__By Ryan Herrington
MILTON, GA.—__There are coaches who are nervous nellies.
And then there is__Bruce Heppler__.
The man who has overseen the Georgia Tech program for the past 18 seasons sweats out the small stuff—which is why his program is one of the perennial powers in men's college golf.
Yet after the Yellow Jackets had finished the second round of the NCAA Championship Wednesday morning at Capital City Club's Crabapple Course, Heppler didn't even bit his tongue when letting out the following sentence: "I'll tell you right now this is as comfortable as I've been maybe ever [at NCAAs]."
Of course it helps that his squad had just posted its second straight six-under 274 to lead the championship after the morning wave had been completed, the role of host school at the tournament suiting the Heppler's fivesome just fine.
Sophomore Ollie Schniederjans backed up a first-round 67 with a 68, while sophomore Anders Albertson (69-67) and junior Seth Reeves (69-69) posted consecutive sub-70 rounds on a par-70 track played at 7,319 yards.
By day's end, the Yellow Jackets would remain atop the leader board as they tried to advance to the match-play portion of the championship for the third time since it was added in 2009.
Part of the coach's relaxed demeanor stems from what his group had gone through just to qualify for the NCAA Championship.
A year after failing to get out of regionals for only the second time during Heppler's tenure at the school, Tech spent three pressure-packed days on the cut line at the Tallahassee Regional hoping its season wouldn't end prematurely for a second straight year. Playing for their competitive lives, the team finished fourth to secure the chance to compete at home on the Crabapple Course, where the Yellow Jackets hold regular practice rounds during the season.
While harrowing at the time, handling the pressure at Tallahassee served Heppler's team well in the coach's mind.
"I'm almost glad the way it was," he said. "Because none of those kids have played in this tournament. To be there on that number for three rounds and to get it done on the last day there makes them feel like they can do it because they don't know what they don't know."
Having played more than a dozen rounds at Crabapple during the spring, Georgia Tech snuck in three more between regionals and nationals, playing both in the morning and afternoon to do its best to simulate conditions the team would encounter this week during NCAAs.
"I know we can play well here," Heppler said. "We've worked hard."
"The weather, being at home, everything is so comfortable for us," Schniederjans added. "And not only do we play the course a lot but it actually suits are games well. We've got guys that hit it far. You've got to hit it long out here and know how to play out of the rough and know how to putt on fast bentgrass greens. That's perfect [for us]."
Mind you there is not much room for error with the third and final round of stroke play looming Thursday. Just one shot back of the Yellow Jackets sits California, the top-ranked team in the country and the heavy favorite to claim the national title this week. The Golden Bears got off to a sizzling start Wednesday, the team standing at 17 under for the round through 13 holes, only to stumble on Crabapple's difficult closing holes.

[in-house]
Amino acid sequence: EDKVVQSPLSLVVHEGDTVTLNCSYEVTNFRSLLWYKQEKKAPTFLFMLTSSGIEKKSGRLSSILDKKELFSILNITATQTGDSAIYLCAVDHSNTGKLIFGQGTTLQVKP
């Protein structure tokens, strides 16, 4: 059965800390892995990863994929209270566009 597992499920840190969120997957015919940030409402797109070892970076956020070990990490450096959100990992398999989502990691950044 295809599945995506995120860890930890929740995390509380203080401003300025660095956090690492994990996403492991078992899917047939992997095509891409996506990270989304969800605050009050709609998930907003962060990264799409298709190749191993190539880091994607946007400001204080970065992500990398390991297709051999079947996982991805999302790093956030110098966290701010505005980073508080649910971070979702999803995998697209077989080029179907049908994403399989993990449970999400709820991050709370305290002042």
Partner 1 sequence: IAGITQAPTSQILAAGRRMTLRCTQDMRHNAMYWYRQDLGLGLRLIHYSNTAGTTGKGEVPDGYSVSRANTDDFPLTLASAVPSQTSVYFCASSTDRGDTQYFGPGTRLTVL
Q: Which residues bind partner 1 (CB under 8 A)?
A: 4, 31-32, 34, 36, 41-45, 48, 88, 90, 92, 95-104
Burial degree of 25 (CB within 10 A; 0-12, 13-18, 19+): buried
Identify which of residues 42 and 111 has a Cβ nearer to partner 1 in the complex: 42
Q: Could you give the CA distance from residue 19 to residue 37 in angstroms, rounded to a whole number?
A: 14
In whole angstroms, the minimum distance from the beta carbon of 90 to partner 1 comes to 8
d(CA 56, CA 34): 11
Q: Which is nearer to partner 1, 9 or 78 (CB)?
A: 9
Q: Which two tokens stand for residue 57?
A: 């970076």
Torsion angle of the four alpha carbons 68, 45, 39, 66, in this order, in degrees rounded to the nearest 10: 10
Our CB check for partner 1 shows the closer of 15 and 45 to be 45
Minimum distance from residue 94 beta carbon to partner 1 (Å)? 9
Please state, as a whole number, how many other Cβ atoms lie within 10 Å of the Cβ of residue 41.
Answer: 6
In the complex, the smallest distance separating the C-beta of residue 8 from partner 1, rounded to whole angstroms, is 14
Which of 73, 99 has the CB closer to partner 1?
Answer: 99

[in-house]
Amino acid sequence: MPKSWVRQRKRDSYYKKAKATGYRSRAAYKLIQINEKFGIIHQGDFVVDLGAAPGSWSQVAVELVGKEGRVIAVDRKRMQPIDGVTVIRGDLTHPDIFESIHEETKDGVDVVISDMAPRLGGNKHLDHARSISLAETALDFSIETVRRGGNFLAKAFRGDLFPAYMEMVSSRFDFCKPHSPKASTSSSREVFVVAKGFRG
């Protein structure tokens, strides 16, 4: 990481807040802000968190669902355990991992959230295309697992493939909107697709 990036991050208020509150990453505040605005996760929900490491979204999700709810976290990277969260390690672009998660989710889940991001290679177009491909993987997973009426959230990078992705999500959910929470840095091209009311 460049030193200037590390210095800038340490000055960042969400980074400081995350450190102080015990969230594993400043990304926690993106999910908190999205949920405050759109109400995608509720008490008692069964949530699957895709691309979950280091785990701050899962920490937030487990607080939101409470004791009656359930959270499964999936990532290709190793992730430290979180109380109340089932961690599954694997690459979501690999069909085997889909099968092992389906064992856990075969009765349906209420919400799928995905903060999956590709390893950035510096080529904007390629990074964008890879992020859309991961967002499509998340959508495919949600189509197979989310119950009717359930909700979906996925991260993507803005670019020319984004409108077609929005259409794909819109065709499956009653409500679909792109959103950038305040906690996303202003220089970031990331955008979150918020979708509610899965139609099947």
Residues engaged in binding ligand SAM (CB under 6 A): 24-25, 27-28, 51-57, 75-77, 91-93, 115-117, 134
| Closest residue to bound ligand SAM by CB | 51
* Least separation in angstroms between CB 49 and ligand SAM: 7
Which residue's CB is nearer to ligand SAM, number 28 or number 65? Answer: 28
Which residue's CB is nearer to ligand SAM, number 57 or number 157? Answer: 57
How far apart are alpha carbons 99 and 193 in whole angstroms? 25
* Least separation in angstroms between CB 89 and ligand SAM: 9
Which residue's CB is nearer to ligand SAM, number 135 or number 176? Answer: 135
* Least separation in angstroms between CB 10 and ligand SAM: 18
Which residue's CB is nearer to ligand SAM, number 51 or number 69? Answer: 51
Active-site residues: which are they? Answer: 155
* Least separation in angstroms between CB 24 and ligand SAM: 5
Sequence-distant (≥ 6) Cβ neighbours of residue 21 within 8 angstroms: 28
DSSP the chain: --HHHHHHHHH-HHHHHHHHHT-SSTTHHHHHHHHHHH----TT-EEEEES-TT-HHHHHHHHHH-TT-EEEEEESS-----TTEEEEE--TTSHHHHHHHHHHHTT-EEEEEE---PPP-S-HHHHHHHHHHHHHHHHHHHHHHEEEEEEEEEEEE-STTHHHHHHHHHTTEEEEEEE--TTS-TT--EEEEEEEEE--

Senior__ Max Homa__ was eight under on his round through 15 holes before bogeying the 16th and double bogeying the 18th to close with only a 65. Bogeys on three of his last five holes also caused Brandon Hagy to finish with a disappointing 69.
Of the four golfers who counted for Cal's Day 2 score, they collectively shot nine over on the final five holes while Georgia Tech's counters played them at even par.
"This team has played a lot of great rounds," said Cal coach Steve Desimone. "I haven't seen us come apart like that all year."
Still, the Golden Bears are in good position to finish inside the top eight and qualify for match play as they hold an 11 stroke cushion on the eighth-place team after 36 holes, Texas A&M, who stand at even-par 560.
Same with the two schools that competed in the championship match a year ago at Riviera CC—winner Texas and runner-up Alabama. The Longhorns posted a nine-under 271 Wednesday (tied with Arkansas for the day's low team round) to climb into third place at 10 under after 36 holes, throwing out an even-par 70 after Kramer Hickok shot a season-best 66 and Julio Vegas and Brandon Stone shot 68s.
The Crimson Tide posted a four-under 276 Wednesday to close at nine under overall, putting them in fourth. The other schools inside the cut line entering the final day: Arkansas and Illinois (three-under 557), Arizona State (two-under 558) with freshman Jon Rahm still leading the individual race, and Texas A&M.
On the outside looking in: UCF (one over), Oklahoma (two over), Tennessee and North Florida (three over), Washington and Florida State (four over). All told 14 schools are within 10 strokes of the cut, ensuring that Thursday's play will be entertaining.